aValue.Add("Item number " & iLoop.ToString())

    Next

    MyList.DataSource = aValue

    MyList.DataBind()

  End If

End Sub



Sub ShowPage(sender As Object, e As EventArgs)

  lblPageNum.Text = "Page " & MyPager.CurrentPage + 1 _

                  & " of " & MyPager.PageCount

End Sub


22. Displaying the page number and page count

graphics/10fig22.gif


Custom Paging

You can also choose to abandon the built-in pagination features and instead create build routines and UIs to suit your own specific requirements using templates. This technique does require more effort but allows you to exert full control over the process. The ContentPager control accepts a <PagerTemplate> declaration and can be wired up to separate controls in the template that will activate the Next and Back operations. Any control that exposes the CommandName property (e.g., Button, LinkButton, or ImageButton) is an ideal candidate. Listing 10.41 shows an example of the technique.

Custom Paging with a Pager Template

<asp:ContentPager ... runat="server">

  <PagerTemplate>

    <asp:Button Text="Previous" runat="server"

                CommandName="Previous" />

    <asp:Button Text="Next" runat="server"

                CommandName="Next" />

  </PagerTemplate>

</asp:ContentPager>


Simply set the CommandName attributes of the buttons to the same values as the NextPageCommandName and PreviousPageCommandName properties of the ContentPager control, and they will automatically cause the postback that moves to the next or previous page. The default values for the NextPageCommandName and PreviousPageCommandName properties of the ContentPager control are "Next" and "Previous", respectively, but you can change the values if you need to wire the buttons to different instances of the ContentPager control.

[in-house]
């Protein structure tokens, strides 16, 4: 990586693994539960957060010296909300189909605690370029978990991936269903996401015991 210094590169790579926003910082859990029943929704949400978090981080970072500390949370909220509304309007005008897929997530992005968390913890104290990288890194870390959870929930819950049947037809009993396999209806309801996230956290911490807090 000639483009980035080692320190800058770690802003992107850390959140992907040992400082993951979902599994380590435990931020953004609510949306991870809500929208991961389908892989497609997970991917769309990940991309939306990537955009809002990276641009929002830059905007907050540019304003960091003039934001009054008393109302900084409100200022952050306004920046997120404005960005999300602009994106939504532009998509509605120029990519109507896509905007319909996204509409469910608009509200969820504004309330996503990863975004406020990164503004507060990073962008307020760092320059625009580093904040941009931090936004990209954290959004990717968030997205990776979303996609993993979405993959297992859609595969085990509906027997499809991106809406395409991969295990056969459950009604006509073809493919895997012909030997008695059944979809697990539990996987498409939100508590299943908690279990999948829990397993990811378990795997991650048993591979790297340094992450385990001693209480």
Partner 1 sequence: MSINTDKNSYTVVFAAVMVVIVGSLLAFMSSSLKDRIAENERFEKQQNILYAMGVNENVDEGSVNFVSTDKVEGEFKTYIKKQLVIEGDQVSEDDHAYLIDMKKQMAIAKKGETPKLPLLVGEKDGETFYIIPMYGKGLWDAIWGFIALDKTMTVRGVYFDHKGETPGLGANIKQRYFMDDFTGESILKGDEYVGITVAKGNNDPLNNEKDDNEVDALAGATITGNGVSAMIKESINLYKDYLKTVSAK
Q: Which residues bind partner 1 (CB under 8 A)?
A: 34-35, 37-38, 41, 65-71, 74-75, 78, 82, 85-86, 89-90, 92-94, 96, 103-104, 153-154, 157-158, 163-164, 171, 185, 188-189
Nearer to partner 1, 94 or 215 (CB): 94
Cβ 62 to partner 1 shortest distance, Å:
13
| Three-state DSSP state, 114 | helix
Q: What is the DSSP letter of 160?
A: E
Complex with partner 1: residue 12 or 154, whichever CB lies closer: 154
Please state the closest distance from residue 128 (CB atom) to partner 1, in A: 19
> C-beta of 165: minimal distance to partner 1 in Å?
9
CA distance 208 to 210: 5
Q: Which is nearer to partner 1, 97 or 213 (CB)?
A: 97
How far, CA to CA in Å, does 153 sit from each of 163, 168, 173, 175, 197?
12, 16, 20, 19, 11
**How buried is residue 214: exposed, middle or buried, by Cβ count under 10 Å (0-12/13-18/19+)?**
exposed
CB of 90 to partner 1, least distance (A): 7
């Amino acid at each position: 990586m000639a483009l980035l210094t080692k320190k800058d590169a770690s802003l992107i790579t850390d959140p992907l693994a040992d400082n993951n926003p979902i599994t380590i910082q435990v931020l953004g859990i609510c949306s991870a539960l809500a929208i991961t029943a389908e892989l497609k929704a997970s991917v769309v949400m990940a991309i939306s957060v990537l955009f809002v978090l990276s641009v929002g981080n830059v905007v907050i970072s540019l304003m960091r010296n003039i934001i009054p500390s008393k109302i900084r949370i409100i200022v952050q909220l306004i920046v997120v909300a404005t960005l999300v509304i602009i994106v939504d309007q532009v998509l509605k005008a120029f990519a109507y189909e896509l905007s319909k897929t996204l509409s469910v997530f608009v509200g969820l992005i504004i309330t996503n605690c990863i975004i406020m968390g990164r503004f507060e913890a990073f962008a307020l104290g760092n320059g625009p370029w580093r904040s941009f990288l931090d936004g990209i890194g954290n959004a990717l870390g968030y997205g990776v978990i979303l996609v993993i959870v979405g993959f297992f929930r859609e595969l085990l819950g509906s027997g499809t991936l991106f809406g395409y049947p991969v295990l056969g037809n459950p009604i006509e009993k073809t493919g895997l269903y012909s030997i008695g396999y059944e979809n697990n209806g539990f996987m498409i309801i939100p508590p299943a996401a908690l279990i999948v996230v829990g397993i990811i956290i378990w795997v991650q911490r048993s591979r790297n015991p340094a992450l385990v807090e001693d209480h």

Page Weightings

So far, all the examples we've shown set a specific value for the ItemsPerPage property of the ContentPager control. This is fine if each item takes up roughly the same amount of vertical space on the page. However, if they don't, the lengths of the pages will vary even when each page contains the same number of items.

To get around this, the ContentPager control can use weightings to determine where the page breaks should occur. Page weightings are automatically used if you don't specify a value for the ItemsPerPage attribute when declaring the ContentPager control and don't set the ItemsPerPage property at runtime.

If the controls used within the container control implement the IPaginationInfo or IItemPaginationInfo interfaces, they can be assigned specific weightings for their Weight property. Otherwise, the ContentPager control uses the number of contained controls for each top-level item to work out the weightings. Then, taking into account the value of the container control's MaximumWeight property, the ContentPager control can calculate where to place the page breaks.

Keeping Child Controls Together

The IPaginationInfo interface exposes a property named PaginateChildren. When this is set to True (the default varies depending on the control type), the pagination process will break up the pages between the child controls of a top-level item. When set to False, all child controls are kept together for each top-level item in the container control that is being paginated. The Panel control is probably the most suitable server control to act as the parent container in this case. For plain HTML controls, the <div> control, as shown previously, also keeps child controls together.